Though recorded with the Shift line up of Talarcyk/Jakobson/Urban Skytt/Jon Lindqvist, Doombringer pulls heavily from Nasum’s masterpiece, Helvete, but includes cuts from across the discography, including a track from pre-Relapse EP Industrislaven.
Live soundman Bo Lund’s work, touched up by grind guru Scott Hull, is clear, forceful and energetic as fuck. The guitars bite through the mix, Talarcyk screams his balding head off and Jakobson proves he was no slouch behind the kit, even if he abdicates his vocals to Talarcyk and Linqvist.
But for all the care obviously put into the album sonically, its very existence is troubling.
As it turns out, the album is not a simple live set recording. In the brief liner notes, Anders Jakobson admits the set list was rearranged and some songs were axed entirely. Instead, we’re treated to an a la carte sampling of Nasum in a live setting.
The only extra offered on the disc is Napalm Death's Mitch Harris’ video for Helvete’s “Scoop,” but if that is supposed to be an enticement, you could just as easily save $15.
And that’s the crux of the problem. Nothing on Doombringer offers any new insight in Nasum’s existence. The whole album would have fit snugly in the Grind Finale collection, possibly in a limited edition three disc set.
Sadly, Doombringer reeks of cashing in on a titanic band’s vital legacy. Instead of memorializing a grindcore martyr cut down in his prime, this just all too poignantly reminds us what we collectively lost Dec. 26, 2004.

Saturday, March 8, 2008

Carcass Word of the Day Calendar: Mar. 8, 2008

For the last month G&P has encountered just about every conceivable impediment to getting what a dentist and an endodontist have so far said should be a simple root canal. Complications, confusion and chaos abound. So currently our #7 incisor is filled with what a specialist called “dental Drano.” Yeah, that can’t be good. Long story short, if a dentist says, “Huh, you might wanna get that checked out,” don’t wait a decade to take him up on that sage advice.
Shockingly, gorehounds Carcass never really strip mined that particularly bit of bodily discomfort for our oozing, slobbering horror. Cinema, on the other hand, has never demurred from that particular topic. Exhibits A through C: Marathon Man, Oldboy and *shudder* Teeth.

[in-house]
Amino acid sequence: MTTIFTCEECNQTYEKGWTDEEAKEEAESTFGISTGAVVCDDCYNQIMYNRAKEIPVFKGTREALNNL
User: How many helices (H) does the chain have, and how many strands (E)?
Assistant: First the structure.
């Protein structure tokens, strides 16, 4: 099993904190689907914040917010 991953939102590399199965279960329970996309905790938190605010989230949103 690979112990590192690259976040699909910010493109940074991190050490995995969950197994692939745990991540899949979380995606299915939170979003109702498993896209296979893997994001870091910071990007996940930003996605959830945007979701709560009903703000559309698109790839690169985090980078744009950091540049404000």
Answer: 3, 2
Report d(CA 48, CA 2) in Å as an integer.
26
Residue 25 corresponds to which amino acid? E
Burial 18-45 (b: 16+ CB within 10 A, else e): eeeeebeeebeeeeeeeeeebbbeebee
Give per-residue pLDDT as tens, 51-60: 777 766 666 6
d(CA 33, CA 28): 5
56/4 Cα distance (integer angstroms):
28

But back to Carcass. The closest the Liverpudlian loudmouths got to the topic was Reek of Putrefaction’s absolute classic “Oxidized Razor Masticator,” which, unfortunately for our purposes, went a little easy on the $10 words, but we’ll make due with what we’ve got.

Chomping and splicing, your gums sliced to shreds
Tattered bloody ribbons, incisored skin is shed
Scraping on sore teeth, cracking and chipping
Shredding and mincing raw nerve endings…
Gaping and sore
The rusty razors bore
Skin hangs and seeps
Peptic ulcers bleed
Your mouth a sea of cartilage, rabid saliva bleeds
Swallowing shredded tongue and pulverized, crunching teeth
Respirating a bolus of rusty razor blades
Asphyxiating bloody garotte, tearing your jugular vein

Incisor – n. one of four anterior teeth in the mouth used for gnawing
Peptic – adj. relating to digestion
Respire – v. to breathe
Bolus – n. a small mass of chewed food
Garotte – n. a length of cord used to kill by strangulation

Wednesday, March 5, 2008

G&P review: Born/Dead

The Final Collapse
Prank Records
Swedish punks seem to be intent on erecting a statue to Discharge drummer Tezz, but Oakland anarchists Born/Dead would like to remind their Scandinavian brethren that d-beat is alive and well in the U.S. of A.
Taken with Disfear’s Ride the Storm and the recent domestic release of Acursed’s Tunneln I Ljusets Slut, Born/Dead’s third Prank LP, released in November, is a raging reminder the 30-year-old punk offshoot can still circle pit with the best of them.
This 25 minute outing of gruff vocaled punk is not going to win any awards for originality – Tragedy influences abound – but it steams along with an impassioned energy despite a somewhat murky production job.
If you like d-beat, you know the deal: life sucks, society is evil and governments conspire to swipe your freedoms while an apathetical public consumes its way through life, “choking on their own lies,” according to the title track. If the ironically named “Nuance” isn’t didactic enough for you with all of its raving about “witch hunts” and crushed souls, the band also throws in cover of Crass, not a band known for its subtlety or sunny disposition. For all the frowny faces, the aptly titled “Assault” brings the album to a feverish, ferocious close.
Where Born/Dead truly break away from the millions of other dis-core bands is in its fleeing electronics passages, including the tail end of “The Final Collapse” and penultimate track “Eulogy,” filled with scraping feedback, distorted spoken word and fright fest soundscapes.
As they rage and rave their way through 10 tracks Born/Dead clearly think the world faces The Final Collapse, but there’s no respite in sight for the d-beat.